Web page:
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Research Dissemination (School of Law)

Pushing Traffic to Your Content

Use social media like blogs, twitter, etc to push traffic to your content. Don't be afraid of self promotion. This also provides you with an opportunity to share your work with different audiences than you would at disciplinary conferences.

Blogging & Micro-Blogging

First Steps

Micro-blogging

Twitter.com

Twitter is an online social networking service that enables users to send and read short 140-character messages called "tweets". Registered users can read and post tweets, but unregistered users can only read them. Users access Twitter through the website interface, SMS, or mobile device app. This is perhaps the least time consuming means to get your message out there.

Schulich School of Law Twitter Feed
Prof. Jocelyn Downie's Twitter Feed
Why academics really use Twitter.


Blogging

Blogs (or web logs) are a means of journaling your thoughts and ideas. There are more than 450 Canadian Law Blogs (blawgs). There are a number of free blogging services available with a wealth of online resources to help you with your blog. The most popular (and simple) platforms of 2014 are:

Wordpress is a free and open-source blogging tool and a content management system. The service has many templates to choose from and allows additional plugins.  WordPress was used by more than 23.2% of the top 10 million websites as of August 2013. In 2012 Forbes reported that WordPress was the most popular blogging system in use on the Web at more than 60 million websites. Dalhousie Blogs use Wordpress.

Worpress Dalhousie Blog - The Friday Library

Blogger is a blog-publishing service that allows multiple users to contribute to blogs. The blogs are hosted by Google at a subdomain of blogspot.com. A user can have up to 100 blogs per account. It is avlaible in many languages.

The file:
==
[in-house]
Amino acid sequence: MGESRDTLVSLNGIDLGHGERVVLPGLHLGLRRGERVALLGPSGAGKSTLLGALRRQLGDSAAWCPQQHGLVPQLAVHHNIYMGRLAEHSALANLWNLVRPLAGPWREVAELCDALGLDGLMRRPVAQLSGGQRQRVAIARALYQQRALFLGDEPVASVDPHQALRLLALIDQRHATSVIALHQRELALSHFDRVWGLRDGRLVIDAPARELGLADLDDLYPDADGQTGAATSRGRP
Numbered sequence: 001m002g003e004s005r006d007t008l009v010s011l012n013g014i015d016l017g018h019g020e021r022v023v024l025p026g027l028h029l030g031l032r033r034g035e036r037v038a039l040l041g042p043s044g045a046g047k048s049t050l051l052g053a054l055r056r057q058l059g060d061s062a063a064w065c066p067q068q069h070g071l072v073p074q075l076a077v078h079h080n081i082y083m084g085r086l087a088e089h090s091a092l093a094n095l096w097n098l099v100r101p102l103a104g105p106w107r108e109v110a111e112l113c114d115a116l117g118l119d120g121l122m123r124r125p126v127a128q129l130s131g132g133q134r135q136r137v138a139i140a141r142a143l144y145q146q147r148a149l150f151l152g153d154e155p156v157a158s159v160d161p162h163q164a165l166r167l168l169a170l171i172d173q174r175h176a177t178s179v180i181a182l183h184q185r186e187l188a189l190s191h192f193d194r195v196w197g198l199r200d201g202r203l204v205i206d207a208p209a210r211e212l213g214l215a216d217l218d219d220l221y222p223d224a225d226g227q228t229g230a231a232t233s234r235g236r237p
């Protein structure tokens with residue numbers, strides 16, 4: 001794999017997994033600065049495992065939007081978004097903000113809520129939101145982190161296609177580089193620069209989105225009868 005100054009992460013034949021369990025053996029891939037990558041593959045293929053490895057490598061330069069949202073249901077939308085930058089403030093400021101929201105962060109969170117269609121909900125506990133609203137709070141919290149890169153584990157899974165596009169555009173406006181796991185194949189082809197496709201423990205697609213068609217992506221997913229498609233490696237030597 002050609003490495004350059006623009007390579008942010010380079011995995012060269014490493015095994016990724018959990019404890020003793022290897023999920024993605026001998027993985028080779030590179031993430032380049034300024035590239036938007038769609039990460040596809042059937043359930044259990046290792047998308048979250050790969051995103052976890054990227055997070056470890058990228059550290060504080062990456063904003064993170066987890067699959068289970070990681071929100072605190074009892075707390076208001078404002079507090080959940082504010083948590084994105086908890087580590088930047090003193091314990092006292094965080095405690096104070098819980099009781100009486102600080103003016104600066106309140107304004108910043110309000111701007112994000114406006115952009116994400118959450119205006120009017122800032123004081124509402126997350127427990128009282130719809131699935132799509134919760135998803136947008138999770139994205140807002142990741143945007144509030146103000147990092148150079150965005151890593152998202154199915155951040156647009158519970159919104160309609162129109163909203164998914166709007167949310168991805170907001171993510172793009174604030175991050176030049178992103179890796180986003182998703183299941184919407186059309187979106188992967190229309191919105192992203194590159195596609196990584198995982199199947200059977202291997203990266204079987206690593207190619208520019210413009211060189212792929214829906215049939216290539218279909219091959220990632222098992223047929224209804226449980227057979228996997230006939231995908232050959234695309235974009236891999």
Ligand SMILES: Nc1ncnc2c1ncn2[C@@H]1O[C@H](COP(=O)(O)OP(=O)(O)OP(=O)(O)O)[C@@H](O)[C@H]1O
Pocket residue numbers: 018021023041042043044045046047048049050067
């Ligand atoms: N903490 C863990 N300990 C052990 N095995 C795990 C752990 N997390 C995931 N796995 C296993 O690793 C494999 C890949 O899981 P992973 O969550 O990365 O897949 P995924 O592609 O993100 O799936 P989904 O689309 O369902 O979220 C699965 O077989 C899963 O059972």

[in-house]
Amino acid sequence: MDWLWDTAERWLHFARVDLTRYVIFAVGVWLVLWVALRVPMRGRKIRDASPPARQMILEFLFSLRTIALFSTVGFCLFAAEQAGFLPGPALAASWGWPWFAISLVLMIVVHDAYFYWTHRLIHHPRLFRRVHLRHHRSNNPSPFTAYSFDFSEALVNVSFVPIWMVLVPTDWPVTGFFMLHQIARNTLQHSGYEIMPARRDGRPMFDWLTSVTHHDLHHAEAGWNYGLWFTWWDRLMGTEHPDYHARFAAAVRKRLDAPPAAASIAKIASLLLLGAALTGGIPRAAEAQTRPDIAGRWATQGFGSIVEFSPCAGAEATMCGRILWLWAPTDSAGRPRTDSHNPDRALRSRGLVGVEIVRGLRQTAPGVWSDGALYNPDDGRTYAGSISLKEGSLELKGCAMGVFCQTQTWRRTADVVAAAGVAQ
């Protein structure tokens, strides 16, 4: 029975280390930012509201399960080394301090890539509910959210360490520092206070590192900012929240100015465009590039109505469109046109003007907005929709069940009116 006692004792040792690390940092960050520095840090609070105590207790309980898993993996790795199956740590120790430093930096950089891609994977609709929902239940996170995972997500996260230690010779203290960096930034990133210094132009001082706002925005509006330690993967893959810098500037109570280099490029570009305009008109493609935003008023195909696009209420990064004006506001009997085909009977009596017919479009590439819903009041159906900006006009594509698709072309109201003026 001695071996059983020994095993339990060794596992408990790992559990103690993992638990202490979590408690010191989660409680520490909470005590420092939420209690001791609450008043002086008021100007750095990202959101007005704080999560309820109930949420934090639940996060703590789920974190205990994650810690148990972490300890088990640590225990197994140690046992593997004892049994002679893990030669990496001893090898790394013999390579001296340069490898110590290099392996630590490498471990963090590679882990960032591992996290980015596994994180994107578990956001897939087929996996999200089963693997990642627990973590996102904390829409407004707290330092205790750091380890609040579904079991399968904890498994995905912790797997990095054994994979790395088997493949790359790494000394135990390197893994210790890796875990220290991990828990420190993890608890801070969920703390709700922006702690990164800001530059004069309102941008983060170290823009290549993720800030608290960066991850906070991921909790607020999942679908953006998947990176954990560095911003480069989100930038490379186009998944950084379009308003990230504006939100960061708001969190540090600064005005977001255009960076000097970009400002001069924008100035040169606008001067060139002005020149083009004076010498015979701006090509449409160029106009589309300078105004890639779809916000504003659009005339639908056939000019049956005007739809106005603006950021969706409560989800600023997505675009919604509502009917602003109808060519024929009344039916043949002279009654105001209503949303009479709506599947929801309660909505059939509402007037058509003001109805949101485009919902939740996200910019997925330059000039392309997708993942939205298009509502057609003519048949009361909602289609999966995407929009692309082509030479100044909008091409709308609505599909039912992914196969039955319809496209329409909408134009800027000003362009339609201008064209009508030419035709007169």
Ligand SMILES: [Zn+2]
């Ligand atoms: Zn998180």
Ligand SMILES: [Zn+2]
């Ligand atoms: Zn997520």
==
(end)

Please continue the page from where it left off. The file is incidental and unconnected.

Canadian law Librarian Connie Crosby's Blog on Blogger.

Tumblr is a microblogging platform and social networking website owned by Yahoo! Inc. The service allows users to post multimedia and other content to a short-form blog. Users can follow other users' blogs, as well as make their blogs private.

UofT Law School Admissions Blog
100 Days of Listening Tumblr Blog

Claire Shaw, Academic guide to social media and blogging, School of Advanced Study, University of London, 9 April, 2014

The Guardian's Academic Blogging 10 Top Tips

1) Write about yourself and your life. People are just as interested in researchers (and their activities) as their research; also write about what goes wrong as well as right – the human story of failed experiments is interesting but rarely gets told.

2) Find your blogging voice. Don't worry if it takes a year or more. Your blog will evolve as you discover your style, which might be short topical pieces or long-form reflective essays (or a combination of the two). Read other academic blogs and you'll quickly see the range of voices people use.